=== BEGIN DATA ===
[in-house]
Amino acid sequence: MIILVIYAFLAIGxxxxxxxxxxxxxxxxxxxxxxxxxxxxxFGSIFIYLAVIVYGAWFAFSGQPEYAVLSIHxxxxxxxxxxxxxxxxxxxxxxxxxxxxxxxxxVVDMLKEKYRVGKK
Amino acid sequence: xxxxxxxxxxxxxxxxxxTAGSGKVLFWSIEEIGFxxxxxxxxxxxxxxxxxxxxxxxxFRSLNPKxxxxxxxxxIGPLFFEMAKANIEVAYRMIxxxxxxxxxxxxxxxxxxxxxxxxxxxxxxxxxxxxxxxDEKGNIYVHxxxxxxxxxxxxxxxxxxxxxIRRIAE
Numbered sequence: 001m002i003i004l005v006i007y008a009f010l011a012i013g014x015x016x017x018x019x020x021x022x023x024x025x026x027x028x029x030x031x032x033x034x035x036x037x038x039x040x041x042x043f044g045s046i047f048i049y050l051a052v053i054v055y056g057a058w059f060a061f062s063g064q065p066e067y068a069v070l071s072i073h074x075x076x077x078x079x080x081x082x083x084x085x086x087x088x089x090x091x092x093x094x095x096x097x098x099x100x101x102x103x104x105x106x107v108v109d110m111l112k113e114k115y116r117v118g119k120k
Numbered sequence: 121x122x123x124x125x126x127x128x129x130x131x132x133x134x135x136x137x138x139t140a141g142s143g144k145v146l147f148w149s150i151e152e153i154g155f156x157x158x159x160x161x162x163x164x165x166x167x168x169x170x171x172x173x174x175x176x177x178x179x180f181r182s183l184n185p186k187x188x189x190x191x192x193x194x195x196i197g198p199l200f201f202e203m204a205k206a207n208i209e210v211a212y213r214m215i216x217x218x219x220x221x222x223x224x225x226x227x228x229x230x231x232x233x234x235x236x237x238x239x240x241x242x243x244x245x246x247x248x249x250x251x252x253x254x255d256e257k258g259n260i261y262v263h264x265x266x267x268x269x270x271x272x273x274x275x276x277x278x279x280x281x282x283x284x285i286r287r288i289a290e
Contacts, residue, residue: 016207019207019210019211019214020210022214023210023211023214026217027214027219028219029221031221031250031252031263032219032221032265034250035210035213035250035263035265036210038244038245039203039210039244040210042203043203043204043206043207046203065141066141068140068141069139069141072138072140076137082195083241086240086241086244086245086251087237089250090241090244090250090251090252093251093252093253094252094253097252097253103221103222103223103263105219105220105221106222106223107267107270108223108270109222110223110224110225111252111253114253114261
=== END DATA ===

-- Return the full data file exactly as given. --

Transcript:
[in-house]
Amino acid sequence: MIILVIYAFLAIGxxxxxxxxxxxxxxxxxxxxxxxxxxxxxFGSIFIYLAVIVYGAWFAFSGQPEYAVLSIHxxxxxxxxxxxxxxxxxxxxxxxxxxxxxxxxxVVDMLKEKYRVGKK
Amino acid sequence: xxxxxxxxxxxxxxxxxxTAGSGKVLFWSIEEIGFxxxxxxxxxxxxxxxxxxxxxxxxFRSLNPKxxxxxxxxxIGPLFFEMAKANIEVAYRMIxxxxxxxxxxxxxxxxxxxxxxxxxxxxxxxxxxxxxxxDEKGNIYVHxxxxxxxxxxxxxxxxxxxxxIRRIAE
Numbered sequence: 001m002i003i004l005v006i007y008a009f010l011a012i013g014x015x016x017x018x019x020x021x022x023x024x025x026x027x028x029x030x031x032x033x034x035x036x037x038x039x040x041x042x043f044g045s046i047f048i049y050l051a052v053i054v055y056g057a058w059f060a061f062s063g064q065p066e067y068a069v070l071s072i073h074x075x076x077x078x079x080x081x082x083x084x085x086x087x088x089x090x091x092x093x094x095x096x097x098x099x100x101x102x103x104x105x106x107v108v109d110m111l112k113e114k115y116r117v118g119k120k
Numbered sequence: 121x122x123x124x125x126x127x128x129x130x131x132x133x134x135x136x137x138x139t140a141g142s143g144k145v146l147f148w149s150i151e152e153i154g155f156x157x158x159x160x161x162x163x164x165x166x167x168x169x170x171x172x173x174x175x176x177x178x179x180f181r182s183l184n185p186k187x188x189x190x191x192x193x194x195x196i197g198p199l200f201f202e203m204a205k206a207n208i209e210v211a212y213r214m215i216x217x218x219x220x221x222x223x224x225x226x227x228x229x230x231x232x233x234x235x236x237x238x239x240x241x242x243x244x245x246x247x248x249x250x251x252x253x254x255d256e257k258g259n260i261y262v263h264x265x266x267x268x269x270x271x272x273x274x275x276x277x278x279x280x281x282x283x284x285i286r287r288i289a290e
Contacts, residue, residue: 016207019207019210019211019214020210022214023210023211023214026217027214027219028219029221031221031250031252031263032219032221032265034250035210035213035250035263035265036210038244038245039203039210039244040210042203043203043204043206043207046203065141066141068140068141069139069141072138072140076137082195083241086240086241086244086245086251087237089250090241090244090250090251090252093251093252093253094252094253097252097253103221103222103223103263105219105220105221106222106223107267107270108223108270109222110223110224110225111252111253114253114261